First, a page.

3. Whisk together the orange juice, orange peel (if using), pepper, and the remaining ¼ teaspoon salt in a large bowl. Slowly drizzle in the remaining two tablespoons oil while whisking until well combined. Add the barley, artichoke mixture, arugula, and apricots. Divide among four serving plates and top with the almonds.

nuts and seeds
2. Nuts + Seeds

Reach for a handful of your favorite nuts the next time a headache hits. Evidence shows that those who suffer from cluster headaches and migraines have lower magnesium levels than those who don't. One study showed that migraine attack frequency was reduced by more than 41 percent in those who received magnesium supplementation. Chomp on almonds, sesame seeds, cashews, Brazil nuts, sunflower seeds, peanuts and walnuts for a magnesium-filled snack. For a healthier crunch, sprinkle sunflower seeds onto your salad instead of croutons.

red meat
3. Red Meat

The National Headache Foundation recommends staying away from certain meats—like aged, dried, fermented, pickled, salted, or smoked meat products—as they can trigger migraines. But eating all-natural, grass-fed beef and beef liver could be the solution to your never-ending headaches. Red meat is rich in CoQ10, a naturally occurring compound in your body, as well as vitamin B2. Both of these have been endorsed as migraine-preventers by The American Academy of Neurology and the Canadian Headache Society. Treat yourself to this mouthwatering flank steak recipe, adapted from the Eat for Extraordinary Health & Healing Cookbook.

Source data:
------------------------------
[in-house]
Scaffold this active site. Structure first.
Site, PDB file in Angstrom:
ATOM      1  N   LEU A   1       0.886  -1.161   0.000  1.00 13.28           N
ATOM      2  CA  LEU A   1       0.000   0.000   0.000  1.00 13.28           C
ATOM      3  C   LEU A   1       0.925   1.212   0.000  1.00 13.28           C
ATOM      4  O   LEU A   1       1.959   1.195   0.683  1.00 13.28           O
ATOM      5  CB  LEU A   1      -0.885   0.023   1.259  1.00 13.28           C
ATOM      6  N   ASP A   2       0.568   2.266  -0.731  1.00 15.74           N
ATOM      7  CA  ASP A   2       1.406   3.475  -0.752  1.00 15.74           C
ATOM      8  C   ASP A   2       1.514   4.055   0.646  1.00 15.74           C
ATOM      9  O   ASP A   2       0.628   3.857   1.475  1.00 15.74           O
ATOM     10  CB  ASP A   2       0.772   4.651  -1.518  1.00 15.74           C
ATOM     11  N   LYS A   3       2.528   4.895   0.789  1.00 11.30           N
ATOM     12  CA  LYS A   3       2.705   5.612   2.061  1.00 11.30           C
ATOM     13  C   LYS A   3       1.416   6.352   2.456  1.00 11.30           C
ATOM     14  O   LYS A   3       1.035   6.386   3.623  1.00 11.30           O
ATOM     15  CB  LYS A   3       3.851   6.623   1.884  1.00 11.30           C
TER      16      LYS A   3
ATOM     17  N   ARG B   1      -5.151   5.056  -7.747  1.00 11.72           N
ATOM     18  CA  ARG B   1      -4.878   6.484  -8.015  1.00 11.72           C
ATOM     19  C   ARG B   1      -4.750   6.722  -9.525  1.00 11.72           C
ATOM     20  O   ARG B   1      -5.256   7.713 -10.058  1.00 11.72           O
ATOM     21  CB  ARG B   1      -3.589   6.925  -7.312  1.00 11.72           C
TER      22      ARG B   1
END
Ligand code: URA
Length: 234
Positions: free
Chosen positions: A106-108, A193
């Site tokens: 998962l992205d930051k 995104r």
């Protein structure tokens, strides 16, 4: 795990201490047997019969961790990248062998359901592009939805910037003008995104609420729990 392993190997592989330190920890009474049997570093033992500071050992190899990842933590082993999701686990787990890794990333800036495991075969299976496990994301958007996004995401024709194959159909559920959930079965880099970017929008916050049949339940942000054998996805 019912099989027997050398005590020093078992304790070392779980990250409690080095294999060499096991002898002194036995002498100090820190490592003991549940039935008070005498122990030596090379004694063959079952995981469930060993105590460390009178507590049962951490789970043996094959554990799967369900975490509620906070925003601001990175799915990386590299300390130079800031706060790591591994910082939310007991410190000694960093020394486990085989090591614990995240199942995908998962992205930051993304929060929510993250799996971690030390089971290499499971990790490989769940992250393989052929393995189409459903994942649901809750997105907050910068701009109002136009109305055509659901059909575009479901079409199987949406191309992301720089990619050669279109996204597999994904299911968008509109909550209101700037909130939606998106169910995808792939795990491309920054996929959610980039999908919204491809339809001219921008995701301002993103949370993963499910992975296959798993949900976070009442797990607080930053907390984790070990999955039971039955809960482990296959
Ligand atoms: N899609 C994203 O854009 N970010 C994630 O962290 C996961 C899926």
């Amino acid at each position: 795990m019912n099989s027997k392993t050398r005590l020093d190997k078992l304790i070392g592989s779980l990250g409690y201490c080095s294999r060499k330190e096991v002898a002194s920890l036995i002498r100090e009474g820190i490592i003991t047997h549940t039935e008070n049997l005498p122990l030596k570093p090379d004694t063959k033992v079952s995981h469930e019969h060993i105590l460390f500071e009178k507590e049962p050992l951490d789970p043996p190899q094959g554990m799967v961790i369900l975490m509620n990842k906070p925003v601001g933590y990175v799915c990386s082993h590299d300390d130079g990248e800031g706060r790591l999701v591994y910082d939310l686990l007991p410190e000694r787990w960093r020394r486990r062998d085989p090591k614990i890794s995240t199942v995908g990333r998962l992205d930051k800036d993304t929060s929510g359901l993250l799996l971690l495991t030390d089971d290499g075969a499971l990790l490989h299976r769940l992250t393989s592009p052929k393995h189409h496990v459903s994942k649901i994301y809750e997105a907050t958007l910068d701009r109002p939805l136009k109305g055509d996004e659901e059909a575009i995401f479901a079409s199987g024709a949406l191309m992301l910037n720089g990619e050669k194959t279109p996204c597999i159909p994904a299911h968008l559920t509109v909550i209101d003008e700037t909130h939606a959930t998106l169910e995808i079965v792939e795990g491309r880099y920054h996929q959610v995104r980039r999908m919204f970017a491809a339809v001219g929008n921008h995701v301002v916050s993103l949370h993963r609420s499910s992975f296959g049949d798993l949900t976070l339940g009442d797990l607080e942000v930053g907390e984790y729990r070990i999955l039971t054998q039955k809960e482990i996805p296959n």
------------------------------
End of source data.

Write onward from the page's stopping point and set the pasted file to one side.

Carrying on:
Marinated Broiled Flank Steak with Sweet-and-Sour Beet Greens

Makes 4 servings

1 pound flank steak, trimmed of all visible fat
3 cloves garlic, minced
1 teaspoon chopped fresh thyme
2 tablespoons + 1 teaspoon extra-virgin olive oil, divided
4 tablespoons balsamic vinegar, divided
⅛ teaspoon salt
⅛ teaspoon pepper
10 cups beet greens, washed, chopped, and left damp
1 tablespoon sugar
2 teaspoons grated lemon peel
2 cups cooked couscous

1. Combine the flank steak, garlic, thyme, one tablespoon of the oil, and three tablespoons of the vinegar in a resealable plastic bag. Turn the bag several times to coat the meat and chill for 1 to 24 hours, turning occasionally.

2. Preheat the broiler. Coat a broiler pan with one teaspoon of the oil. Remove the steak from the plastic bag and wipe off the excess marinade. Set the steak on the pan and sprinkle with the salt and pepper. Broil five inches from the heat source for 10 minutes, turning once, or until a thermometer inserted in the center registers 145 degrees for medium-rare. Place on a cutting board and let stand for 10 minutes before thinly slicing across the grain.